Getting started with a Whole Food Plant Based (WFPB) diet can seem difficult for some. But it can be easy and fun.
With all the research that's been done now on WFPB diets showing such great benefits to health and longevity, if you haven't given it a try, you might want to consider it.
The first thing to do to gain the greatest benefit is to add more dark leafy greens and vegetables to your diet. This can be easy with such a wide variety of frozen greens and veggies that are available in grocery stores now.
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A word about carbs. They get a bad rap sometimes and there's a reason for that. The way most people get carbs in their diet is in processed foods and drinks. These carbs aren't healthy and cause weight gain. But the complex carbs in whole foods like potatoes are healthy and don't add pounds.
Carbohydrates are really the gold standard for energy because they are the easiest way for our bodies to get the energy they need to function well and keep us going. It's much easier for our bodies to break down carbohydrates than it is fat, oil or protein, the other sources for energy. So, the carbohydrates are not the problem really, it's the form of carbohydrate you eat that is.
Think of it this way: when we get our carbs from whole, unprocessed foods like potatoes, yams or squash, those carbs are what are called complex carbs. It takes a while for our bodies to whittle down the complexity of the carb into bite sized pieces that our bodies can use for energy. As a result, the "sugar" from the complex carb enters the blood stream slowly and there's no sugar rush or insulin spike.
When we get our carbs from processed foods like bread, pasta or cookies, the "sugar" from these foods enter the blood stream quickly causing a spike in blood sugar and the need for additional insulin. This taxes the body in ways complex carbs don't and over time it shows up in symptoms like diabetes and heart disease.
The worst form of all is refined carbs in the form of sugar itself that's added to drinks and processed foods. These are completely empty calories, meaning there are no health providing nutrients coming into the body with the calories like there are with complex carbs. And this refined sugar is found in almost everything that comes in a bottle or box, including ketchup and pasta sauce, not just the cookies, crackers and dessert type foods.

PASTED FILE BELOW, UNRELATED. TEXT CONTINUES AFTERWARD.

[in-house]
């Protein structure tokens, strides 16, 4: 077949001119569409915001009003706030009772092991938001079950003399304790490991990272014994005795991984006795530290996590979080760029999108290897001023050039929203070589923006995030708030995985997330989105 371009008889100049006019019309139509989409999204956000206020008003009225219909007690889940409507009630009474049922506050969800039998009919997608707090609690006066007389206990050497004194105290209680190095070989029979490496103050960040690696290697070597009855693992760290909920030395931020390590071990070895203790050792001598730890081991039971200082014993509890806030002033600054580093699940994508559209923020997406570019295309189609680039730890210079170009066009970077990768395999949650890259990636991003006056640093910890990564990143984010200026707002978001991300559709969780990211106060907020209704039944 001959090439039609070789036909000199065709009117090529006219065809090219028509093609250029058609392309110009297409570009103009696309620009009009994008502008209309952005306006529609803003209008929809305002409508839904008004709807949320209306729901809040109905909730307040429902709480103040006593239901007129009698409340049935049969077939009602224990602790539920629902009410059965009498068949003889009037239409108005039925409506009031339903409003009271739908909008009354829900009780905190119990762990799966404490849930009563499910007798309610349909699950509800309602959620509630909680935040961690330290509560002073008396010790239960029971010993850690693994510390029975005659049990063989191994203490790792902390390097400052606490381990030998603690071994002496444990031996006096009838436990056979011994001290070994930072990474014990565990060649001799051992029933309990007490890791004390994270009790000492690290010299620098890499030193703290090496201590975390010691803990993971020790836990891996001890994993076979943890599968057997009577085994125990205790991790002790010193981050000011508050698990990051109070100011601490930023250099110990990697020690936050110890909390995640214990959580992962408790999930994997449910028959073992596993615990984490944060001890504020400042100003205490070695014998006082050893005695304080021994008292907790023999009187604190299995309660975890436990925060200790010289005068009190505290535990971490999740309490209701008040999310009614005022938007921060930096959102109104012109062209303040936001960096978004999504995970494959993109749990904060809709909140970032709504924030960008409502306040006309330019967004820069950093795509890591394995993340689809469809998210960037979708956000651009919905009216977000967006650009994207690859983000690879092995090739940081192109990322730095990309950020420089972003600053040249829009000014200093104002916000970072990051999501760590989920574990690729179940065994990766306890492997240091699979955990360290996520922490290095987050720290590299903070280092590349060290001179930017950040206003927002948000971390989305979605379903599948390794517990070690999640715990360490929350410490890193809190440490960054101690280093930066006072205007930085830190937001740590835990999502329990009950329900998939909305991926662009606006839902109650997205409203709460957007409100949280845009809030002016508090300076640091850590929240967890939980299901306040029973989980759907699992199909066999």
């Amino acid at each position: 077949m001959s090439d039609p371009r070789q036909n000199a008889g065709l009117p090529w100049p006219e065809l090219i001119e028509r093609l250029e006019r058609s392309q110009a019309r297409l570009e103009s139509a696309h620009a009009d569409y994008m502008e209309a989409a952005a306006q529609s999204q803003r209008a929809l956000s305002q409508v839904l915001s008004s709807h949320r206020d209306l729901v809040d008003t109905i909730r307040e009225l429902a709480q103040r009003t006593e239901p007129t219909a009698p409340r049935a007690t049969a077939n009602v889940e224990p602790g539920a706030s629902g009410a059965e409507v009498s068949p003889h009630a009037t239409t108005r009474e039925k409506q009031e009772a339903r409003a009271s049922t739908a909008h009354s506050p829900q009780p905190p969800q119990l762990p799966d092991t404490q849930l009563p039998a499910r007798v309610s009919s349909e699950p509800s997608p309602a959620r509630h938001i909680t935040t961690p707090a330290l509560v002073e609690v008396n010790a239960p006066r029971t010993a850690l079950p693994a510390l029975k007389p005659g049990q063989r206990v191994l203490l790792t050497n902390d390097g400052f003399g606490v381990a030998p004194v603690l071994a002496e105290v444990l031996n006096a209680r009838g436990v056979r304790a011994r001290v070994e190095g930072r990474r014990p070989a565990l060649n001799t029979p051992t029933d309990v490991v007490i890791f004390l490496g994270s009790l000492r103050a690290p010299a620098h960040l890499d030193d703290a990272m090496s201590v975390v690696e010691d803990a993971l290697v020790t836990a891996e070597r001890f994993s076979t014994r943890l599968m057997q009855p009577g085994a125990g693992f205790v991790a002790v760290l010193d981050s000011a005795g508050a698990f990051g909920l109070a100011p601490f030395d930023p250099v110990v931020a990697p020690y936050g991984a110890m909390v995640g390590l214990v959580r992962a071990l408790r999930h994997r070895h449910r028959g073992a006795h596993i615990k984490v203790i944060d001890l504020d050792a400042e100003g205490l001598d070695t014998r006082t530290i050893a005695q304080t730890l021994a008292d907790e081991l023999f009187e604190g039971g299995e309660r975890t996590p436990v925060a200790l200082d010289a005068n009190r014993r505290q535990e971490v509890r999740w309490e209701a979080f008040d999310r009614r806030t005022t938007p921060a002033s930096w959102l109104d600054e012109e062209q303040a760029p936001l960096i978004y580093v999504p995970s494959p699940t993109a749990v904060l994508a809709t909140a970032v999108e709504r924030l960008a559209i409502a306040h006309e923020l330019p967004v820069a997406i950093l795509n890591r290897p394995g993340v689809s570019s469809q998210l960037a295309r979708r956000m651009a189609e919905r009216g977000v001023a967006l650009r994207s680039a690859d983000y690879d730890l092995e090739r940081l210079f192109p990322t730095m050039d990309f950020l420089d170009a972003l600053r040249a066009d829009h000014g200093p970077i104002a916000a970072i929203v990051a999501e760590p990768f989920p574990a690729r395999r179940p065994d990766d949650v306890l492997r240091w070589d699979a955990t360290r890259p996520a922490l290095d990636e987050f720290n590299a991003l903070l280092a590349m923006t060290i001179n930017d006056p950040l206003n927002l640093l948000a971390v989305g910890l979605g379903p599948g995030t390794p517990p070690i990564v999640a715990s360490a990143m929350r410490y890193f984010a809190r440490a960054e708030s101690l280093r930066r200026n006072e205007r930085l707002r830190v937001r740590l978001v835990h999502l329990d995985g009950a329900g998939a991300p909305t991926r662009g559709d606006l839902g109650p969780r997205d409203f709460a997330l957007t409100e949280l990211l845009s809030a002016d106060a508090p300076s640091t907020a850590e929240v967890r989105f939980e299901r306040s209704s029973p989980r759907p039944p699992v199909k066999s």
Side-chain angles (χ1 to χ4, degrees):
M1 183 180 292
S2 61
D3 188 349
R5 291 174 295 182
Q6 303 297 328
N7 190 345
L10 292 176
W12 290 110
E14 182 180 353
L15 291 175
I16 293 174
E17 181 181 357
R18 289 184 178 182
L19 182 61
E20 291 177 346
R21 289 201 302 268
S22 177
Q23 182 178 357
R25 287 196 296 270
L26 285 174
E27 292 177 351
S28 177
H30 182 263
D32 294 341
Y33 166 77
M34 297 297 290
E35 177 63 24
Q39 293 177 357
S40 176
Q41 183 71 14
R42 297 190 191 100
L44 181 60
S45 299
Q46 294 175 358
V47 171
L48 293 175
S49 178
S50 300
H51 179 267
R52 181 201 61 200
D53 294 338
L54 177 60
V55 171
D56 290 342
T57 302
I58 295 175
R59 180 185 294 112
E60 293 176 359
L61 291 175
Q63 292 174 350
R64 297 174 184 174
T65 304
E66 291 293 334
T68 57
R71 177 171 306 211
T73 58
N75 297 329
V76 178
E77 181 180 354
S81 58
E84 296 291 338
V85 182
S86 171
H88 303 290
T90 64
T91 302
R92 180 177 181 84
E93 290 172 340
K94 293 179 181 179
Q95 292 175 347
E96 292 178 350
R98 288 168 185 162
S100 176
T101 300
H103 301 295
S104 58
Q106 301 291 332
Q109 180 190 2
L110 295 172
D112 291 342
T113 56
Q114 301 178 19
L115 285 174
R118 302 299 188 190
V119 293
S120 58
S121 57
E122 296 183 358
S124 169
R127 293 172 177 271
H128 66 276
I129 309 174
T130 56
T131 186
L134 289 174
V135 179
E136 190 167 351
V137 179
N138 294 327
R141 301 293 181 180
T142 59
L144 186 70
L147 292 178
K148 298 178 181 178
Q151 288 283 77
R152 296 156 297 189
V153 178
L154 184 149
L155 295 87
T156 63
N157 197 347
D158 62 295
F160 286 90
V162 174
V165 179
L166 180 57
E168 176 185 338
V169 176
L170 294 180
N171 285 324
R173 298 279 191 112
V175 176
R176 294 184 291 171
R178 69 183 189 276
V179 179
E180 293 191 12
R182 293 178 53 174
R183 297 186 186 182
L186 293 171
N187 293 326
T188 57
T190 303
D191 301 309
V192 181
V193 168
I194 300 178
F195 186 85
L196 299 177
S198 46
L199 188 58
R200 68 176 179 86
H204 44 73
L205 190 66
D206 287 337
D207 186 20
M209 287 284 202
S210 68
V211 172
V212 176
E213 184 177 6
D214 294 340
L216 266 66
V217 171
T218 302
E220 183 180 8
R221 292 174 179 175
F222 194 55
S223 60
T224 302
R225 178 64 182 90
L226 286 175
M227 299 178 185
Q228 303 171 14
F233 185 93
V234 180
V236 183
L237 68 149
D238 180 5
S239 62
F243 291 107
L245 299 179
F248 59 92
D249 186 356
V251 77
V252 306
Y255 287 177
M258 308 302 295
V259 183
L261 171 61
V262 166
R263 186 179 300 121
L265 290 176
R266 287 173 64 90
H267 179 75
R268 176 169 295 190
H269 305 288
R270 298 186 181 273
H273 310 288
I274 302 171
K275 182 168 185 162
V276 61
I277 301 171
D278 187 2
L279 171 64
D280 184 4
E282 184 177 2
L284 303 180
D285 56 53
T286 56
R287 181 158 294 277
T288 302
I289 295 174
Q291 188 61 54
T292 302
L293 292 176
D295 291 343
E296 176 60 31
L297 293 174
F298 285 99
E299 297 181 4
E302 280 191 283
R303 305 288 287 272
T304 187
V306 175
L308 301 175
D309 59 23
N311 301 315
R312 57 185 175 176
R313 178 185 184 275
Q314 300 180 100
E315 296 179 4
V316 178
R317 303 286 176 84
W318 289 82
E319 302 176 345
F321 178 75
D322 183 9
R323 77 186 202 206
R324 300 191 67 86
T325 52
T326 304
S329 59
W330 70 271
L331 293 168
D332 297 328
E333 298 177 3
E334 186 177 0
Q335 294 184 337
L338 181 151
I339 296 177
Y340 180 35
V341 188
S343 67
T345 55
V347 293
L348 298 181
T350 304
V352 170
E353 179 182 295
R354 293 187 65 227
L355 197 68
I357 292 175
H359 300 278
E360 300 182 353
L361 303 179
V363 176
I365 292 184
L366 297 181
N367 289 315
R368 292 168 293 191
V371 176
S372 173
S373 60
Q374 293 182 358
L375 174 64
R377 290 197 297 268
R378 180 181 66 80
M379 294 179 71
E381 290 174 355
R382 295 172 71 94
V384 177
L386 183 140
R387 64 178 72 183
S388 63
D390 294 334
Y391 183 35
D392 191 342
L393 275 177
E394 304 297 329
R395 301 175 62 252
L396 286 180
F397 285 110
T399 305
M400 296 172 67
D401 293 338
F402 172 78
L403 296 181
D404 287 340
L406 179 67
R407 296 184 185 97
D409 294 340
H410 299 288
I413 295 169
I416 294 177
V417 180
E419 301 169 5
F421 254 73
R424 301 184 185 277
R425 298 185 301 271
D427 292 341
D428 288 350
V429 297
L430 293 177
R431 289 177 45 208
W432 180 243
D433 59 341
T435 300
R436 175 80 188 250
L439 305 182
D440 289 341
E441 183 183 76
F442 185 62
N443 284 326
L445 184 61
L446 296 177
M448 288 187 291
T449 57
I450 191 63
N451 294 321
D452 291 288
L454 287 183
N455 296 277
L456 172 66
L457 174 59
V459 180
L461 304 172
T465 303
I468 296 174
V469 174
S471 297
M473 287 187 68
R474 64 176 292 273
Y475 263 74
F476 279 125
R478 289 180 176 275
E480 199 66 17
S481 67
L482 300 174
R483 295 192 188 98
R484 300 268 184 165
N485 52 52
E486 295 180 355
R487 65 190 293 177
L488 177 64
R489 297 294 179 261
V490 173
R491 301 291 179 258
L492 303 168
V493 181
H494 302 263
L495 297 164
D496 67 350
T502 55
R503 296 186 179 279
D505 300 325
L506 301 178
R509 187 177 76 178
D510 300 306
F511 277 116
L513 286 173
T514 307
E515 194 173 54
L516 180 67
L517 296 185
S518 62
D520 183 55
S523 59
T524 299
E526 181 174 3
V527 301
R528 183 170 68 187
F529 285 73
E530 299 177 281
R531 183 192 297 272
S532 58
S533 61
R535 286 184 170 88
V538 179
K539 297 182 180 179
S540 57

A simple comparison of how these different carbs are processed by our bodies is to think of heating your house with a fireplace. The complex carbs are like stacking logs in the fireplace, which provides a slow, long, constant burn.
The processed carbs like bread, pasta and chips are like kindling. So a meal with processed carbs is like a lot of kindling in the fireplace, which burns fast, hotter than we'd like, and runs out quickly.
The refined carbs found in sugar are like putting Kleenex in the fireplace. Instant, hot burn, but no staying power. It's a really hard way to heat a house, and a really hard way for our bodies to get what they need in terms of the energy and nutrition to thrive.
The body is a healing machine. We are born and designed to thrive. The DNA in every cell of our bodies is the blueprint for thriving... but we need to give our bodies what they need to build out what's on the blueprint. And that's what a WFPB diet provides.
So, to get started with a WFPB diet, choose the highest nutrient dense foods to add to your meals. These are the dark leafy greens and vegetables. Here's a link to our Nutrient Density Chart that you can download and put up on your refrigerator if you want.
And if you don't feel like eliminating all animal products, meat, dairy and eggs, cut back on these, using only enough for flavoring rather than the main part of the dish.
The recipe this week is a Wild Rice Blend with Greens. It has quickly become one of our favorite one-dish meals. Give it a try.
To your Amazing Health,
Connie and Bill
Wild Rice Blend and Greens (Serves 4-6) *Adapted from Mary McDougall
- ¾ cup raw cashews or almonds
- 1 large onion, diced
- 3 cloves garlic, minced
- 4 tablespoons vegetable broth or filtered water
- 28 ounce can garbanzo beans, drained
- 1 cup raisins
- 6 cups, tightly packed Swiss Chard, coarsely chopped
- fresh ground black pepper to taste
- 2 tablespoons Coconut Aminos (optional)
- 4 cups cooked Wild Rice Blend
In a large pan add the nuts, onions, garlic and vegetable broth or filtered water. Cook on medium heat until onions are cooked (approximately 5-7 minutes).
Add the beans, raisins, chard, pepper and coconut aminos (if using them) and cook over low heat stirring often until chard is soft and cooked.
Add the Wild Rice Blend and stir frequently until warm.
Note: You can also use kale or other greens in place of the chard. Remove stems before chopping.